On March 2, 2016, Massachusetts House Speaker Robert A. DeLeo announced that he supported legislative restrictions on employee noncompetition agreements. Speaker DeLeo’s statements, made in a speech to the Greater Boston Chamber of Commerce, may be a turning point in the long-running debate in Massachusetts over whether noncompetes should be banned or restricted through legislation. 

Past Legislative Efforts

Since 2008, there have been numerous bills introduced in the Massachusetts legislature aimed at either eliminating or regulating the use of most employee noncompetition agreements. None have passed, and the enforcement of noncompetition has remained governed by Massachusetts case law. 

Proponents of legislative restrictions on noncompetition agreements received a boost in September 2013 when, in testimony before the Massachusetts legislature’s Joint Committee on Labor and Workforce Development, then-Governor Deval Patrick’s secretary of housing and economic development testified that the Patrick administration supported the “outright elimination of enforceability” of all noncompetition agreements in Massachusetts, regardless of duration or geographic scope. Despite the governor’s support, a noncompetition bill was not passed. 

In 2014, Governor Patrick went a step further and introduced his own legislation to ban employee noncompetes. Governor Patrick included in his economic stimulus bill a proposed new Chapter 93K to the Massachusetts General Laws enacting the Uniform Trade Secrets Act. The new Chapter 93K contained a provision that would have rendered “void and unenforceable” any noncompetition agreement with an employee or independent contractor. The new Chapter 93K, however, was not passed into law and Governor Patrick left office following the end of his second term. 

The prospects for the passage of any noncompetition legislation appeared to dim with Republican Governor Charlie Baker taking office in January 2015. Indeed, attention paid to such potential legislation in the business and legal communities (as well as the media) waned significantly. Although bills to ban or regulate noncompetition agreements were reintroduced in 2015, none even made it to a committee hearing. Governor Baker expressed openness to reasonable restrictions being placed on employee noncompetes. Nevertheless, regulating the use of noncompetes did not appear to be high on his list of priorities.

Speaker DeLeo’s Proposal 

Given the relative lack of attention paid to noncompete legislation in Massachusetts during the past year or so, Speaker DeLeo’s March 2 announcement took many by surprise. According to the Boston Globe, however, the Speaker and his staff have been working with business leaders during the past year to develop a “compromise” proposal that would not ban noncompetes but would place certain reasonable restrictions on them. Specifically, he proposes that legislation include: (1) a duration limitation of one year; (2) a requirement that employers provide advance notice to job applicants and employees who will be asked to sign a noncompetition agreement with a stated right to seek the advice of counsel; and (3) an exemption for low income workers.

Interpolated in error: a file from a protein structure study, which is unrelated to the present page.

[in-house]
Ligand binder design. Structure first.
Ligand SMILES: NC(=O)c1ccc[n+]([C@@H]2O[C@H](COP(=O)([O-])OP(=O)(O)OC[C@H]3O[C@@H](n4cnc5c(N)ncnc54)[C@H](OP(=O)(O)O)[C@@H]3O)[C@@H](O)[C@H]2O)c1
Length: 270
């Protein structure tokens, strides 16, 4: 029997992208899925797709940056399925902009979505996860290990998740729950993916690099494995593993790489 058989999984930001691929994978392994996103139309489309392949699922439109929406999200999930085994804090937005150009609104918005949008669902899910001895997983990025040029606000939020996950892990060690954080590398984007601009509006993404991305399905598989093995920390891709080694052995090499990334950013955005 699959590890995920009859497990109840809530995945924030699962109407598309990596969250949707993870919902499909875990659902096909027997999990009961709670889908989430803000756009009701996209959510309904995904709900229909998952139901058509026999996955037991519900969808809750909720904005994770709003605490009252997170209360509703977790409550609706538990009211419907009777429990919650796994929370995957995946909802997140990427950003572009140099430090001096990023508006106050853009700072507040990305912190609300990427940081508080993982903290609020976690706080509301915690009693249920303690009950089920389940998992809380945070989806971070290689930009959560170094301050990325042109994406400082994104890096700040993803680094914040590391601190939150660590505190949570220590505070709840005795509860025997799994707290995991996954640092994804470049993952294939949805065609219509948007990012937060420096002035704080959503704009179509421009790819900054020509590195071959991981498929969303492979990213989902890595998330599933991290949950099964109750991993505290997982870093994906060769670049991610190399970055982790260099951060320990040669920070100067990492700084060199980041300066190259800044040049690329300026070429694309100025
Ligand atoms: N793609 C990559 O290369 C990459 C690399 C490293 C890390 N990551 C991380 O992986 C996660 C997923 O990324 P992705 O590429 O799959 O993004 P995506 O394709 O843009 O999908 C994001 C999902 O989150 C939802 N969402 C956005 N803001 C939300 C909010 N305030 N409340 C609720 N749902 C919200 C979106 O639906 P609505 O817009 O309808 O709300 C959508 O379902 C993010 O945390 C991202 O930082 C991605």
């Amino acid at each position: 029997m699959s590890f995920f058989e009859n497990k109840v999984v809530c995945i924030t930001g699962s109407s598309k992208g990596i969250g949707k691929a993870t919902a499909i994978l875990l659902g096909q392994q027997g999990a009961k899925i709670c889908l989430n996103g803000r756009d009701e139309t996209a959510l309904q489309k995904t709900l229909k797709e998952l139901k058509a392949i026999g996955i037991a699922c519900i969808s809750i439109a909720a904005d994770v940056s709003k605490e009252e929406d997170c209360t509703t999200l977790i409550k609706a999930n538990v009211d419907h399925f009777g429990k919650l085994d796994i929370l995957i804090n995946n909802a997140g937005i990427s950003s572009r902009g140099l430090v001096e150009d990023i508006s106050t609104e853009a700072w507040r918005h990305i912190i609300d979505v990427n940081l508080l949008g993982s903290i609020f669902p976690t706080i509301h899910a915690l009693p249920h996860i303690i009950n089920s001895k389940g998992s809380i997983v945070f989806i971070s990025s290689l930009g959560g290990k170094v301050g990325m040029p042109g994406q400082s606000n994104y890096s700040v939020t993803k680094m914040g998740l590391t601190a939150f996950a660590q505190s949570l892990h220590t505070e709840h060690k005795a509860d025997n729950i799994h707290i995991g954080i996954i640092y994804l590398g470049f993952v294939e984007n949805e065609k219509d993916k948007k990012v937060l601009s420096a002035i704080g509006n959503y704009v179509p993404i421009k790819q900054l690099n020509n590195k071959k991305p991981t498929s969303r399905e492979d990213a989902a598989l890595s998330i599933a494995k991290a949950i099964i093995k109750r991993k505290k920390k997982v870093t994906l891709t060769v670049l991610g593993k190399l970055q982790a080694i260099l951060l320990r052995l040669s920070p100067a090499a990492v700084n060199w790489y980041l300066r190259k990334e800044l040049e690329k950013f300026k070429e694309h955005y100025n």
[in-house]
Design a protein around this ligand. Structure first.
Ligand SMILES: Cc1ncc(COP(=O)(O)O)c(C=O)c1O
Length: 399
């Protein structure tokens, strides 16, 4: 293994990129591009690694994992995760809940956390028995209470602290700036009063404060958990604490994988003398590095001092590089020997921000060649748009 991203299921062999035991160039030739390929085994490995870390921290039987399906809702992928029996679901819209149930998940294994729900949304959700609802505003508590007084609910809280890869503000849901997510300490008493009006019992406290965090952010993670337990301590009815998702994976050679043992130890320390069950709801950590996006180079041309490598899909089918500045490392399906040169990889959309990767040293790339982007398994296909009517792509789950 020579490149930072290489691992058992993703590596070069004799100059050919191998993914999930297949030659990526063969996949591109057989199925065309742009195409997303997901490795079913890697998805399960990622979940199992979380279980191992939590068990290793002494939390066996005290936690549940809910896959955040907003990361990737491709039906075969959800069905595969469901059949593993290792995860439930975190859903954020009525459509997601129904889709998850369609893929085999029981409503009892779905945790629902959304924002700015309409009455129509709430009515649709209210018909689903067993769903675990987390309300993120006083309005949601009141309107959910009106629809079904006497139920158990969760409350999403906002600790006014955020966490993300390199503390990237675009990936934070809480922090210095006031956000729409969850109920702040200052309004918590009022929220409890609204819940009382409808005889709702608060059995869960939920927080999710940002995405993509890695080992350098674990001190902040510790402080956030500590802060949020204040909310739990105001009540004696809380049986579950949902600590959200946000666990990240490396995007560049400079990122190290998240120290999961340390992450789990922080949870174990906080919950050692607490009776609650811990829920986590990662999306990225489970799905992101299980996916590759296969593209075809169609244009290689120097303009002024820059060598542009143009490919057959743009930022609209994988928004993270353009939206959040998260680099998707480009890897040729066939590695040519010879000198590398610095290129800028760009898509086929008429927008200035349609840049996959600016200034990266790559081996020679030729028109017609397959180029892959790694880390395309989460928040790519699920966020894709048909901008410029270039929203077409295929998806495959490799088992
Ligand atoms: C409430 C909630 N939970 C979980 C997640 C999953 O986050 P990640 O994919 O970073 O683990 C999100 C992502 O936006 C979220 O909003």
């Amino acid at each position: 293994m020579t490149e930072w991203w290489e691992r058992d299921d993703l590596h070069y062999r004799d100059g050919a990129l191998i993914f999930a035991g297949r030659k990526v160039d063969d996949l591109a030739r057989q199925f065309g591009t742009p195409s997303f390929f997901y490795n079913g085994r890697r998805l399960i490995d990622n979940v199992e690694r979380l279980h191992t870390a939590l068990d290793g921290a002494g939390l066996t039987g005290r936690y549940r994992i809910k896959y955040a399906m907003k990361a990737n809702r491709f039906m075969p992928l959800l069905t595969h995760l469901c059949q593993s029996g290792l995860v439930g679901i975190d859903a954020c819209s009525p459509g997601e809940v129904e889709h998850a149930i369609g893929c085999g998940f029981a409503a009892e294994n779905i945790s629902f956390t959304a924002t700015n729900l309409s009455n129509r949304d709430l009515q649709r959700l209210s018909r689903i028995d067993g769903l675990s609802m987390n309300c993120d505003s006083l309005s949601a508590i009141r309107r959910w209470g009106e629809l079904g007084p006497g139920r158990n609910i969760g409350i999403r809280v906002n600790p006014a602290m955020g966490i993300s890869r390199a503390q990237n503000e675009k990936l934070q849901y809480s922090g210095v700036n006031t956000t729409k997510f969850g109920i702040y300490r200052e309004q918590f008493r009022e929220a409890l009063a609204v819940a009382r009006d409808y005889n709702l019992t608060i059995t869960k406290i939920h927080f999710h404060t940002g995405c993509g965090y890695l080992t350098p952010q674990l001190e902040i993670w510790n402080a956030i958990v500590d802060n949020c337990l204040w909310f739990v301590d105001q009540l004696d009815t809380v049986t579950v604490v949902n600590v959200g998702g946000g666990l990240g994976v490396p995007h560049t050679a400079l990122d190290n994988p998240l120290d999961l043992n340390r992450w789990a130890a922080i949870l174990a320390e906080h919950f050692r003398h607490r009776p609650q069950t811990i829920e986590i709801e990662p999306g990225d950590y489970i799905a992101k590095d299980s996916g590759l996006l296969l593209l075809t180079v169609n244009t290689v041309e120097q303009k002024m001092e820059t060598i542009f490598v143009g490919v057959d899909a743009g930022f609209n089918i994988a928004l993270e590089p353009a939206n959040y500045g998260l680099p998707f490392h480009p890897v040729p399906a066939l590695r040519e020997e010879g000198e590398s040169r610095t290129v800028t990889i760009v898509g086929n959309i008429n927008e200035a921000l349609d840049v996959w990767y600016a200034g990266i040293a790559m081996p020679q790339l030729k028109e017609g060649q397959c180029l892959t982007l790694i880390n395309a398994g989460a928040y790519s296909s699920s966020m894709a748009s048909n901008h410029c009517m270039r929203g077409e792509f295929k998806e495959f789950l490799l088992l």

Where Things Stand

It is premature to predict whether the legislation will pass. Speaker DeLeo announced only his proposal for noncompete legislation; he has not presented a bill. Thus, while the three parts to his proposal may appear reasonable to many employers, we know that “the devil is in the details,” and there may be aspects of the actual bill that end up being highly problematic for employers. Indeed, the three parts to his proposal have been included in some of the prior bills introduced in the legislature. Moreover, a bill that most employers find acceptable may not be at all acceptable to employee advocates (nor to many in the venture investing world) who believe that Massachusetts needs a California-like ban on employee noncompetes, and not just some modest restrictions that are simply consistent with those already imposed by Massachusetts courts. 

For now, employers can take a wait-and-see approach. The current Massachusetts legislative session ends in July of 2016, so if legislation is passed and signed into law by Governor Baker it should happen within the next five months. With that in mind, it may be a good idea for employers to evaluate their noncompete practices to ensure they are consistent with existing law and, hopefully, enforceable under new law.